The California Senate passed a bill to ban caste discrimination on 9th May 2023. It was approved 34-1 by the Senate. Accordingly, the Bill will soon be placed at the 32 State Assembly for consideration.
With this historical move, the state of California is soon to join Seattle which banned caste discrimination in February of this year, with a ruling of 6-1 by the city council. This bill has been passed while keeping in pace with the landmark decision that was made by California State University against caste discrimination. California State University with almost two dozen universities under its purview introduced caste discrimination under its anti-discriminatory policies. This addresses and deals with anti-Dalit biases within the educational institution and sets a precedent that is yet to be followed by the other states.
Kshama Sawant, the Seattle council member who lobbied for the introduction of this legislation, spoke about the landmark victory that this legislation may signify for the Dalit communities in and outside South Asia. She explains in the FII podcast how the anti-discriminatory legislation was introduced in opposition to the right-wing Modi regime in India. “I put forward a resolution across Seattle city council condemning the CAA NRC laws by the Modi regime and urging the US Congress to do the same. There were thousands of activists who supported us, I am talking about both South Asian working people who supported us, stood with us across religion, across caste, overwhelmingly in solidarity with the resolution, as were American workers,” she says.
However, she also points out the backlash she received from the right wing when the legislation was introduced. “But we did have massive opposition from the Modi aligned right wing, it was a really important example how you can only win against the right-wing, the Trump right-wing, regardless which country. Only way to deal with them is to not act like their points have any legitimacy and we expose them for what they are- promoting the oppression of certain communities,” she says.
Even though caste hierarchy and biases around it are rooted in Indian culture, as South Asian communities move to different parts of the world, such discriminatory practices travel with them and get integrated into a global culture. Thus, it is shortsighted and redundant to believe that the evils of caste discrimination are absent abroad.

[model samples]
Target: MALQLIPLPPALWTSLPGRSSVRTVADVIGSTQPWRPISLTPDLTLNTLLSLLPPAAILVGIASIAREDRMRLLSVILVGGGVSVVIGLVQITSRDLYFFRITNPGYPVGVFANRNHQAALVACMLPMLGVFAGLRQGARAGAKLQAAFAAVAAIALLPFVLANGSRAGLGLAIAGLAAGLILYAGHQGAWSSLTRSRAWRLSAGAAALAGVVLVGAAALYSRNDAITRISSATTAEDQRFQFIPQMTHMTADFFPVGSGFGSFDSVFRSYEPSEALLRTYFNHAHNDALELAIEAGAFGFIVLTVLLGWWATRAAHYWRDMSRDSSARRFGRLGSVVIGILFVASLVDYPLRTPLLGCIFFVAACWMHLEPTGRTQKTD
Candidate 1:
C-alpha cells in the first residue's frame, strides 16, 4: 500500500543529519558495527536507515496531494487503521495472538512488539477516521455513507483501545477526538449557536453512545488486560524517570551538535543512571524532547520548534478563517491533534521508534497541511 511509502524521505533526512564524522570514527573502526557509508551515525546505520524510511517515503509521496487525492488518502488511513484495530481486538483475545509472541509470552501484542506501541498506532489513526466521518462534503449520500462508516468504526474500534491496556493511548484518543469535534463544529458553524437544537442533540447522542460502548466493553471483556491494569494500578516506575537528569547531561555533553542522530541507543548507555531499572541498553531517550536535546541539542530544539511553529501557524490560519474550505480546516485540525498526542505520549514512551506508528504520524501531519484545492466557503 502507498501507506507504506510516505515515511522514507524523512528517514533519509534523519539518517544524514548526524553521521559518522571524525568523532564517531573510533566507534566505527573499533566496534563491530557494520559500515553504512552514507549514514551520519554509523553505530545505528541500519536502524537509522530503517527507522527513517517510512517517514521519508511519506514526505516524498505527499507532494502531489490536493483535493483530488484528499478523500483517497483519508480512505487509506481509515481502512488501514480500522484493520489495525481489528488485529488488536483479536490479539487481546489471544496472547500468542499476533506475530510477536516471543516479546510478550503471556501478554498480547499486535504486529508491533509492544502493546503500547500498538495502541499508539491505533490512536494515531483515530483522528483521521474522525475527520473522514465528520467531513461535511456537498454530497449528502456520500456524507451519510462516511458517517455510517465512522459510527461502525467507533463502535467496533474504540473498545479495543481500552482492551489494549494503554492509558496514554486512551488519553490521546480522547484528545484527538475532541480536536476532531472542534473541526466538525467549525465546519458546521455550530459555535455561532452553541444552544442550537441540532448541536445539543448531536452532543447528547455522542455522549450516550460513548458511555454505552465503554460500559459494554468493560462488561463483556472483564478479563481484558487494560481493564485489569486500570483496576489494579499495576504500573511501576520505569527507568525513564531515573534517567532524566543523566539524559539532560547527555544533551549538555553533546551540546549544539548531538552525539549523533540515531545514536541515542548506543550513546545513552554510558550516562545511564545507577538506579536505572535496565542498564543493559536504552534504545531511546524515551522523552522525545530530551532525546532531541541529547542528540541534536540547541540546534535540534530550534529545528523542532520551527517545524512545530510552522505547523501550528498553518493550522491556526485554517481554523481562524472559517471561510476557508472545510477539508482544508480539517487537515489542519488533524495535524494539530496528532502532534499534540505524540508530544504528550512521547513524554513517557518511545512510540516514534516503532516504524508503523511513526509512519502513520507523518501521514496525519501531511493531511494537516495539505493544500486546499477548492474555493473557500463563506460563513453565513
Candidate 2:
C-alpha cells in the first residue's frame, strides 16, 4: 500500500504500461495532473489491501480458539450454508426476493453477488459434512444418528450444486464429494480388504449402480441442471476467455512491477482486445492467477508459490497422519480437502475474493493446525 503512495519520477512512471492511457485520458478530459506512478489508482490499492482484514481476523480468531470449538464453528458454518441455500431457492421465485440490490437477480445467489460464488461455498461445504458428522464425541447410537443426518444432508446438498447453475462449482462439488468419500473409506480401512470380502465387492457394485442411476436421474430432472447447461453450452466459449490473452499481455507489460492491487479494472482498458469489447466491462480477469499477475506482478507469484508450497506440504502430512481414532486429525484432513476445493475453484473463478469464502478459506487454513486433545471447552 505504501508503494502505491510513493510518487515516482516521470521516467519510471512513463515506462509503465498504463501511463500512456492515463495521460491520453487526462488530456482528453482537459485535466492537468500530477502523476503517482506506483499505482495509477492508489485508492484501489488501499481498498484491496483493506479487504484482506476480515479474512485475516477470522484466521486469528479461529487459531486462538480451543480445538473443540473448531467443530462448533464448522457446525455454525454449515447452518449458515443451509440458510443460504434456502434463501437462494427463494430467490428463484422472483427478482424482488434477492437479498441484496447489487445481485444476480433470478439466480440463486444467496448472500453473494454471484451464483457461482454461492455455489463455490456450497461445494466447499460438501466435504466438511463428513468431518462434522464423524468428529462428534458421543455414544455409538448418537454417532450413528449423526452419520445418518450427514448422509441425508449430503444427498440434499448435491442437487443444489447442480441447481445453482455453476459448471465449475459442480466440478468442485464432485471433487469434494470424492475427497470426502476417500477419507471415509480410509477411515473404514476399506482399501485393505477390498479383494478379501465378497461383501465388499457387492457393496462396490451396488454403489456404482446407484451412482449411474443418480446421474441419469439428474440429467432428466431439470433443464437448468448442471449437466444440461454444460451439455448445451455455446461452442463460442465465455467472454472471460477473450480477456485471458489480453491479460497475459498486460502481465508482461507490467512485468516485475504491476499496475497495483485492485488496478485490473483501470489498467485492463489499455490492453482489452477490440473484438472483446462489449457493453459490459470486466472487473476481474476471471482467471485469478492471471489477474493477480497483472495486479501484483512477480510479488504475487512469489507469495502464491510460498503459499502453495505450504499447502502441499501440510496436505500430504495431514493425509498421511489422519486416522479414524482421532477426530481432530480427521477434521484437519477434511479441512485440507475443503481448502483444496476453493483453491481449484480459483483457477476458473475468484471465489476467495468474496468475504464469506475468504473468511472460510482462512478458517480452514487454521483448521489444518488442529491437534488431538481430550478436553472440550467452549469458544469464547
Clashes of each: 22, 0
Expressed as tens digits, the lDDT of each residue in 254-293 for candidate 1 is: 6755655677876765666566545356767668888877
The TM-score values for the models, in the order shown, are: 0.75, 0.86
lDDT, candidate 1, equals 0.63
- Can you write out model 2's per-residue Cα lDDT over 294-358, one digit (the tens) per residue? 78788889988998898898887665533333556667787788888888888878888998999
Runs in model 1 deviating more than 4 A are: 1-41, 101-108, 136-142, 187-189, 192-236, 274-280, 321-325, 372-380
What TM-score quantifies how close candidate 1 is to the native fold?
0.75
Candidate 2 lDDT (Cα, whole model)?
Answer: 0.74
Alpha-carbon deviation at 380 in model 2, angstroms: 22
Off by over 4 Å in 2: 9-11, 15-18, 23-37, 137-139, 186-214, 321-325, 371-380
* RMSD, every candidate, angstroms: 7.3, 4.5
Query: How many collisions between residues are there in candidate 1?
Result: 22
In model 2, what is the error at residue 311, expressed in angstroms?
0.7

It must be recognised at the risk of gross generalisation that those who emigrate to Western continents are usually people with considerable social and cultural capital. Predominantly upper-class, and upper-caste people are those who have the privilege to get access to such social capital and thus their caste biases become an integral part of the community that they form abroad.
The Dalit community in India is an oppressed minority. Therefore, in the Western countries within the minority community of South Asia, a Dalit person is twice removed from the protection of anti-discriminatory that is functional there. Such legislation creates awareness in communities outside South Asians in the West and allows Dalit individuals to fall back on it in case they face harassment from fellow South Asians in the continent. As Kshama Sawant pointed out, it creates a momentum that can create awareness and provide protection to those who make it out into different continents.
The Seattle legislation was foregrounded upon a report produced by the organisation Equality Labs in 2018. The report based on a survey conducted throughout the United States stated that 25 percent of the Dalit population has faced verbal or physical abuse during their stay there. In educational campuses like schools, colleges, or universities, one in every three Dalit students reported that they have faced discrimination on the basis of their caste.